As part of resurfacing Lexington Road, the city of Waterloo proposes to create a multi-use trail that turns into a 2-way cycle path over the highway 85 overpass. Because the overpass cannot be structurally modified, the idea is that this cycle path would take up a traffic lane and be protected from traffic by some form of barrier, possibly jersey barriers.

The proposed multi-use trail will connect Davenport to Holbeach Crescent. That will get people on bike across the expressway, and provide connection through the neighbourhood to the Forwell trails and the rest of the Waterloop.

Click to embiggify.

This part of the Lexington corridor would turn into 2 eastbound lanes, and 1 westbound lane. Travelling further west, it opens up to 2 lanes by the time you reach the Dearborn traffic lights at the bottom of the hill. Further west, there are not many changes.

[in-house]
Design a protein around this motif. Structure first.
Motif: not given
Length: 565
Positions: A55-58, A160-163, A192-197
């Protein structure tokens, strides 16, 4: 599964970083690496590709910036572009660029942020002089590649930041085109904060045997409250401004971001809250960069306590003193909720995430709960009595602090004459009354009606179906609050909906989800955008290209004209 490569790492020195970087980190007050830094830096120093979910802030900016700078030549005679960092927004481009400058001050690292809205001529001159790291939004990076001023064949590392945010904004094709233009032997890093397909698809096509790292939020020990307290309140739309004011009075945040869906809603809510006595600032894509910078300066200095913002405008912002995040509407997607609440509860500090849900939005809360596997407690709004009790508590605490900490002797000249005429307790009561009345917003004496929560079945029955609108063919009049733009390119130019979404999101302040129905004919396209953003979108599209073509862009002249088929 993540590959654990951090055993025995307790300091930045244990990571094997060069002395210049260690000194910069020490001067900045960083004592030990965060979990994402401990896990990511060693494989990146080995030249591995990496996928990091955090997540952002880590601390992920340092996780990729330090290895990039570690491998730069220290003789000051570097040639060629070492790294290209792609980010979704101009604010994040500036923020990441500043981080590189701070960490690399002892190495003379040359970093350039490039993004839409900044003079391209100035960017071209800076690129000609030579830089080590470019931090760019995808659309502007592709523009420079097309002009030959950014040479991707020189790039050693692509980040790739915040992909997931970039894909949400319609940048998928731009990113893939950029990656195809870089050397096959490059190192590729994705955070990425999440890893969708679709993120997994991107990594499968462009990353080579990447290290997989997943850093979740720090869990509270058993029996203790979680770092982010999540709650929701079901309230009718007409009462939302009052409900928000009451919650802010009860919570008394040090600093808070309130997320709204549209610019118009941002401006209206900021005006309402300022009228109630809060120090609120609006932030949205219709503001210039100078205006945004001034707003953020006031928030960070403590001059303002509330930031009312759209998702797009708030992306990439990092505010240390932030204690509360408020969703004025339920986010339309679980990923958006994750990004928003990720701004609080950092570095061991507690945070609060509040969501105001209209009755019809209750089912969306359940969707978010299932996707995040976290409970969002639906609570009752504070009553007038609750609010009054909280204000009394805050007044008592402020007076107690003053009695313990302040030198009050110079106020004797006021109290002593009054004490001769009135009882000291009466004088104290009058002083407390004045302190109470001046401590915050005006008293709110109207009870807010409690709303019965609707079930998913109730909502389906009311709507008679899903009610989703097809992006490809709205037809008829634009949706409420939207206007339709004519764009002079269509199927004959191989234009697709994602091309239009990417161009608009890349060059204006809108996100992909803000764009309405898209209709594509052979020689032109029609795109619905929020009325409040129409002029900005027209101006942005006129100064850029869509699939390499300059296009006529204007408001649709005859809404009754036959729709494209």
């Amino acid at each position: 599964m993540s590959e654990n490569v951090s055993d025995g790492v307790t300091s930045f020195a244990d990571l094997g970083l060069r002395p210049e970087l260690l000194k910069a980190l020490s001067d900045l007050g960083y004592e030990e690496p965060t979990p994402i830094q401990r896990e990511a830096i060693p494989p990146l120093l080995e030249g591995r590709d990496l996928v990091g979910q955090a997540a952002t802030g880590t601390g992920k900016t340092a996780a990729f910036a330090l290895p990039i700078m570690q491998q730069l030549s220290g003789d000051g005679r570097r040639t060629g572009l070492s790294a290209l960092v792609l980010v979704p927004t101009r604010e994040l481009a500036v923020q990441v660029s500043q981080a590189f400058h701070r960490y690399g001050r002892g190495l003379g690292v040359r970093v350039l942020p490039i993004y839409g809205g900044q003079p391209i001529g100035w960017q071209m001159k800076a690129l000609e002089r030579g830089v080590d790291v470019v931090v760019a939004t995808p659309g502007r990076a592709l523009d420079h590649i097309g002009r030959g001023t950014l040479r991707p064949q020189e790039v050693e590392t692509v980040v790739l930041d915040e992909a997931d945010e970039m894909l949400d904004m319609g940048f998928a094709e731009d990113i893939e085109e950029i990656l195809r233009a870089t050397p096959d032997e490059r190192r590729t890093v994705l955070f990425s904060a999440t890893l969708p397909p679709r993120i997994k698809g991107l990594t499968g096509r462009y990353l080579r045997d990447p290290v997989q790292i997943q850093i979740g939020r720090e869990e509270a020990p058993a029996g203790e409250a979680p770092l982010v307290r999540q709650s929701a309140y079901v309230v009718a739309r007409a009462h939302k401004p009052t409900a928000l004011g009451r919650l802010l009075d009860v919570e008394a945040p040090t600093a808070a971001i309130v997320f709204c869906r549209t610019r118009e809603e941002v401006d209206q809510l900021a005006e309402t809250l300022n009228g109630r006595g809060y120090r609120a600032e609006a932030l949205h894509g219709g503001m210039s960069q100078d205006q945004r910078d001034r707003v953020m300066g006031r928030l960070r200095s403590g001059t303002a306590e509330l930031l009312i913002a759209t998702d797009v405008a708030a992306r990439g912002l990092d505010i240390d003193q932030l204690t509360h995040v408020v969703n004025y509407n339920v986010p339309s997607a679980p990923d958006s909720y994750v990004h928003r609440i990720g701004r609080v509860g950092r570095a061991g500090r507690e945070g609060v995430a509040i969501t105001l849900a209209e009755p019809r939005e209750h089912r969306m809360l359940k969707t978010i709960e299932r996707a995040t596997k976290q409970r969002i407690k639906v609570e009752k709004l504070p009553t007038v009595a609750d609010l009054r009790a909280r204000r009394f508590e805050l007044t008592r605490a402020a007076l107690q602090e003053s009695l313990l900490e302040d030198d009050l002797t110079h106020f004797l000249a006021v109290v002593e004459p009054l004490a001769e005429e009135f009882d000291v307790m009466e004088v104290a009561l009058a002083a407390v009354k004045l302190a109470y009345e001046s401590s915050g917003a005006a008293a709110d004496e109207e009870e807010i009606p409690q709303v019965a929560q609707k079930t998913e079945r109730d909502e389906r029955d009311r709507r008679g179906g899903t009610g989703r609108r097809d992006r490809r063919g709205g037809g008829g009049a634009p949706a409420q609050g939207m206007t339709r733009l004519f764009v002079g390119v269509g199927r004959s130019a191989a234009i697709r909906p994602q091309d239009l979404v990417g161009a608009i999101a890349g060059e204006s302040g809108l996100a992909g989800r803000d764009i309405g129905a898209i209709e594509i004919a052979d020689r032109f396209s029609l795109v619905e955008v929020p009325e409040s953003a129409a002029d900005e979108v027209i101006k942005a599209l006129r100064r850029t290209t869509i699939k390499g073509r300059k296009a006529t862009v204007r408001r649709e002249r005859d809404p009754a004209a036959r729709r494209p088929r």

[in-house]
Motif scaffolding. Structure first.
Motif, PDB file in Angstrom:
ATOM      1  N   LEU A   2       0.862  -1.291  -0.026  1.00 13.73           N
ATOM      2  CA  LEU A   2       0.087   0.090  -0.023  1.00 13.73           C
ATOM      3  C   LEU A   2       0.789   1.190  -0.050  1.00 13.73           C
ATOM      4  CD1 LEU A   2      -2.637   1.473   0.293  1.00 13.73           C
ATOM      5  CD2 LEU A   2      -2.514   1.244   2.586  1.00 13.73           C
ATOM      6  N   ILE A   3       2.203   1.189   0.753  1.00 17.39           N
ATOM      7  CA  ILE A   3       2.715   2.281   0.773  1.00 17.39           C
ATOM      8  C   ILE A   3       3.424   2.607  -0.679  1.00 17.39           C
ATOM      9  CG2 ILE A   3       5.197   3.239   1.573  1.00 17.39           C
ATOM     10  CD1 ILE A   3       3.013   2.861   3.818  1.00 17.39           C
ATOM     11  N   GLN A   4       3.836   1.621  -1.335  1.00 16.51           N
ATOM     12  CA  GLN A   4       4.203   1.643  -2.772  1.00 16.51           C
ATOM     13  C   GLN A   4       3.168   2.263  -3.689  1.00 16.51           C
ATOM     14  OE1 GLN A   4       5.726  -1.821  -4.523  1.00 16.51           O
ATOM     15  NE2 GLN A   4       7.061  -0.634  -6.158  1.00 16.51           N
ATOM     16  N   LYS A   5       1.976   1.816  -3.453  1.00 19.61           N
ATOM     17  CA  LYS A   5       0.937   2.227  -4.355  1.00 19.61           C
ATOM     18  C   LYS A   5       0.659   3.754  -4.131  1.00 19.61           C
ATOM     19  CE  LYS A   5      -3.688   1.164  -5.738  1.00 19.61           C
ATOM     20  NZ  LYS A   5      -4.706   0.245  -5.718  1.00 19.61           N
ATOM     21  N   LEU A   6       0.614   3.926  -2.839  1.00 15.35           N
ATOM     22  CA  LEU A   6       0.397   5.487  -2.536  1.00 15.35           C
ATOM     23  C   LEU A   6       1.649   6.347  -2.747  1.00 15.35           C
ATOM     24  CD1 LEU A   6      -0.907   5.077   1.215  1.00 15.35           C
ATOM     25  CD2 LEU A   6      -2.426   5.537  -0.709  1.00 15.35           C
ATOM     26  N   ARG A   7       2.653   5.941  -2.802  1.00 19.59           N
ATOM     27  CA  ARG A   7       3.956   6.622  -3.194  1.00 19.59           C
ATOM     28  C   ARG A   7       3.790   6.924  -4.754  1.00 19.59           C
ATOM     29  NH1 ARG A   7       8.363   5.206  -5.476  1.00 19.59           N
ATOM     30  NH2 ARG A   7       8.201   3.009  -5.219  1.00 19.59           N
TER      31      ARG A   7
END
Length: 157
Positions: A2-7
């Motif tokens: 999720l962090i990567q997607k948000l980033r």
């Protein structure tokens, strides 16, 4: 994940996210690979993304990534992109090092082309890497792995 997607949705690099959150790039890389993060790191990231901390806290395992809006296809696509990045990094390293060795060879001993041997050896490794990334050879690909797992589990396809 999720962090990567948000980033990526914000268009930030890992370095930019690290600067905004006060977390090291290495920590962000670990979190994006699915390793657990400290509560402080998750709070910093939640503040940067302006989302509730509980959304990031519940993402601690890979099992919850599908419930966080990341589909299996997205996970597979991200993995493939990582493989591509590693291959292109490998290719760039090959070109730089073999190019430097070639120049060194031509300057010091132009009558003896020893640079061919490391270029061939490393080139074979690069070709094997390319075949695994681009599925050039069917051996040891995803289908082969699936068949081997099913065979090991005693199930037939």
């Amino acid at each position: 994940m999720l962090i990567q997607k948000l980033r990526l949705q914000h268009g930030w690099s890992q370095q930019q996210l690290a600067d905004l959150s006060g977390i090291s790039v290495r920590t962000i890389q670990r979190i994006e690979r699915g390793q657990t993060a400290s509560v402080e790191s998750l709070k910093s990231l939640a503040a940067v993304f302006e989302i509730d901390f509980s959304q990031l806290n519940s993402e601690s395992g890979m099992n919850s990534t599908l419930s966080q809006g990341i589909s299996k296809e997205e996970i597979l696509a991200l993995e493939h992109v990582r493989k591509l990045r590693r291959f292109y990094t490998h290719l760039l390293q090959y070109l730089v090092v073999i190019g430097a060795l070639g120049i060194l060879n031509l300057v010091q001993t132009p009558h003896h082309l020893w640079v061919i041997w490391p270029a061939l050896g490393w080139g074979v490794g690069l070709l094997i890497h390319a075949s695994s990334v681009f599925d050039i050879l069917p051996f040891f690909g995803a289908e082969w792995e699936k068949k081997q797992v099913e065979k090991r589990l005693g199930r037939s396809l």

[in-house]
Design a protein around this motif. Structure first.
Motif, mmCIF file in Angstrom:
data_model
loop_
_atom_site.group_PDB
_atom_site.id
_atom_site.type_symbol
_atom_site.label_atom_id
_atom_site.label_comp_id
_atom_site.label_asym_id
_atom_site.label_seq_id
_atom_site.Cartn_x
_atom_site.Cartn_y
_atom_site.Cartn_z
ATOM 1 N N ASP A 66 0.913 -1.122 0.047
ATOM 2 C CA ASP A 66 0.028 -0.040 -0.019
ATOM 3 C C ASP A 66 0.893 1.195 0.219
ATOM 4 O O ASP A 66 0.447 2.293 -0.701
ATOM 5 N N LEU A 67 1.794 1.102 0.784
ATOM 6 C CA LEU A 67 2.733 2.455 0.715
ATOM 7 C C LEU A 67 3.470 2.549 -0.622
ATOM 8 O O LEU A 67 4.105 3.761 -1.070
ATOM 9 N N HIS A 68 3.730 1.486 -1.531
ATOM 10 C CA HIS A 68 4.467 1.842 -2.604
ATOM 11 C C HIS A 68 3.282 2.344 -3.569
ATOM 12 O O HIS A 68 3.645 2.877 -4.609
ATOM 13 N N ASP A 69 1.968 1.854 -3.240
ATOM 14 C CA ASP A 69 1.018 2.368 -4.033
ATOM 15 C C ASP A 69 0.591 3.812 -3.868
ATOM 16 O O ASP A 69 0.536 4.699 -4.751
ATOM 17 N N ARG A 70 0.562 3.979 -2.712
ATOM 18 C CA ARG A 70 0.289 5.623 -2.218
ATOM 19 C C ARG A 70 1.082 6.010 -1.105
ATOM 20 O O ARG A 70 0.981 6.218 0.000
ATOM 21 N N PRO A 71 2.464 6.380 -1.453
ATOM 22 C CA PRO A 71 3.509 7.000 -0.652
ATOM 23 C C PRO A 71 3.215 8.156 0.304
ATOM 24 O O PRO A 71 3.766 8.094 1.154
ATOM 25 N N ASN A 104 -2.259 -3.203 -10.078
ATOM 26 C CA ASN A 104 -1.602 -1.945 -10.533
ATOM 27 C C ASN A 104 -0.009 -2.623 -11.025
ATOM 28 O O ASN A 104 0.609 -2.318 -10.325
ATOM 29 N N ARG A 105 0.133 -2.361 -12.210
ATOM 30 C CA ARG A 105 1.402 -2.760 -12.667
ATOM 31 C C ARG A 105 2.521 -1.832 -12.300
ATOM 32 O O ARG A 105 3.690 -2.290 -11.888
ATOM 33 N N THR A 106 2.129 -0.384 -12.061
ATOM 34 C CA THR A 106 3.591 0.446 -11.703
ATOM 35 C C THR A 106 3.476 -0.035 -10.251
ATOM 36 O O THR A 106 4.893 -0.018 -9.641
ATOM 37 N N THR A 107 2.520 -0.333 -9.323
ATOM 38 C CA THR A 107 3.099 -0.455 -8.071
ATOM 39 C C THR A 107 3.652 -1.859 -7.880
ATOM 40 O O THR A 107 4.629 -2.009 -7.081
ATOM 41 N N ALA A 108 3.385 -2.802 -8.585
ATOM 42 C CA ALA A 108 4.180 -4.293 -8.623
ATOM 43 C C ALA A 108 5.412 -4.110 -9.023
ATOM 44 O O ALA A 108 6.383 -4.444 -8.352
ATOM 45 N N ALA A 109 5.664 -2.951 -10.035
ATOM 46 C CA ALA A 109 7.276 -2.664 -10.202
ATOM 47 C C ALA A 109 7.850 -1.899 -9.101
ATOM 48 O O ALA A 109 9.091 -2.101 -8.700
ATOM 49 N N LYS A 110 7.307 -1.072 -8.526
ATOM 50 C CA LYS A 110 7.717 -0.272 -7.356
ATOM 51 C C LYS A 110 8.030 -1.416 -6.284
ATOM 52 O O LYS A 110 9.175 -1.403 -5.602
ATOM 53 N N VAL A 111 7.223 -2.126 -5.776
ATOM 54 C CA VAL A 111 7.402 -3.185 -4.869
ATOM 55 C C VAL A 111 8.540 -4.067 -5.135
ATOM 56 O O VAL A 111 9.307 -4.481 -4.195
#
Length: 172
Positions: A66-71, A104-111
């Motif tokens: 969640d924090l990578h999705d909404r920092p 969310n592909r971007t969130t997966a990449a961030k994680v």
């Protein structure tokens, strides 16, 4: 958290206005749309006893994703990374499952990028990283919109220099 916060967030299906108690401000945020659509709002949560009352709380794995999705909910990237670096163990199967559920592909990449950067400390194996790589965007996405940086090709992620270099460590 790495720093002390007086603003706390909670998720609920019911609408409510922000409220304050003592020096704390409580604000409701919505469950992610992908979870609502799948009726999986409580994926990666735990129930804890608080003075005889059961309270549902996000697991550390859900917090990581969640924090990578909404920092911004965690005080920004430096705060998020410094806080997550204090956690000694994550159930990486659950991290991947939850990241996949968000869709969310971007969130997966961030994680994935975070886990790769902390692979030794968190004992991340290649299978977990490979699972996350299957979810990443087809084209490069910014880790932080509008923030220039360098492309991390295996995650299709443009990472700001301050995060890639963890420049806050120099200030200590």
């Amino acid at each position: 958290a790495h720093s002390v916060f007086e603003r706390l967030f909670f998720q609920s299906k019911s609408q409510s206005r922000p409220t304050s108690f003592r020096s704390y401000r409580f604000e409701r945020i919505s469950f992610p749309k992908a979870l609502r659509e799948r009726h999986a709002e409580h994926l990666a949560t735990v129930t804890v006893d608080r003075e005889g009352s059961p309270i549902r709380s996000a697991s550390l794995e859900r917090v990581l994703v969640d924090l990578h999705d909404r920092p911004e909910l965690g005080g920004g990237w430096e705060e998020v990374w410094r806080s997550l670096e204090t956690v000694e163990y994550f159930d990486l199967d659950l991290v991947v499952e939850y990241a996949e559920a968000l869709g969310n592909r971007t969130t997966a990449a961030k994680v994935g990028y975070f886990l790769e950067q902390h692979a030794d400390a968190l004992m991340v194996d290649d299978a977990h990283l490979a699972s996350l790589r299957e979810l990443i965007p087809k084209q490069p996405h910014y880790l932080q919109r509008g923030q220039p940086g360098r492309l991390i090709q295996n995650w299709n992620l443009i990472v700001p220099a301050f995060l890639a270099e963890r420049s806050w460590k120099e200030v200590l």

Not to be forgotten are a couple of pedestrian refuges which will make crossing Lexington on foot safer, and catching GRT's route 31 bus on the other side of the street less of a terrifying adventure. (Seriously, I've watched the terrifying game of Frogger that these riders play.)

So, why this plan? What's going on?

The Background


Like I said, this is an interim plan. In ten to fifteen years, this road could be reconstructed. Before then, the city hopes to have acquired the land they need (especially around Weber) to create a permanent cycling solution while not constricting traffic. That's their goal.

The bridge has been, and continues to be the worst problem. Anything the city does to it has to be approved by the MTO. Structural changes are extremely unlikely. Even what's proposed here still needs their blessing. The good news is that the MTO is apparently much more willing to consider this kind of plan now than they were four years ago.

The last time this stretch of road came up, a proposal to reduce lanes to introduce on-street bike lanes further west was rejected and deferred by council. Possibly as a result of that, staff want to maintain 4 road lanes west of Dearborn leading up to Weber.

What staff have presented fits within their budget. This means they don't need extra money to do this. But is it enough?

The verdict